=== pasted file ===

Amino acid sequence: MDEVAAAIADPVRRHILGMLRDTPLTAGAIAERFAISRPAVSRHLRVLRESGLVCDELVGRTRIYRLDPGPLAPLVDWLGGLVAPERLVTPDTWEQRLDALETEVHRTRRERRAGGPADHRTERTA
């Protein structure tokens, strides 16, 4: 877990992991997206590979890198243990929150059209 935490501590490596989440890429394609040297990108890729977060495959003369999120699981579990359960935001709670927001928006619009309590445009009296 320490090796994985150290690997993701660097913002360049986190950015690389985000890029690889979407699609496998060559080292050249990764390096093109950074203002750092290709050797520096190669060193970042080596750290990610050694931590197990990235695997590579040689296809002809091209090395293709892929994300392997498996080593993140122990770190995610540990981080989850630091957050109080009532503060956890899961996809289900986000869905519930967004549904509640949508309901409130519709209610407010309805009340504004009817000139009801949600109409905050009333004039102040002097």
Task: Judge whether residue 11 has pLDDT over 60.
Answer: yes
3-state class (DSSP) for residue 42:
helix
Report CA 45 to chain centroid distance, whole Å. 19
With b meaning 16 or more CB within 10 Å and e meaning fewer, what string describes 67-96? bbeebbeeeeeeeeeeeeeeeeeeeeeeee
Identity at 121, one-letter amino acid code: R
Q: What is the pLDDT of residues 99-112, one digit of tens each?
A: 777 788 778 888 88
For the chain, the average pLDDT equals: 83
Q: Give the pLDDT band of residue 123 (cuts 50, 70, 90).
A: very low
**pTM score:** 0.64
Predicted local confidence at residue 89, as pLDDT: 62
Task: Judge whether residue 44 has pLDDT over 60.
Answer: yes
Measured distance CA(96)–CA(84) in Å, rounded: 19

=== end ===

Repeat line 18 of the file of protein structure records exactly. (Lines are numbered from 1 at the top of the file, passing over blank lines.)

Answer: yes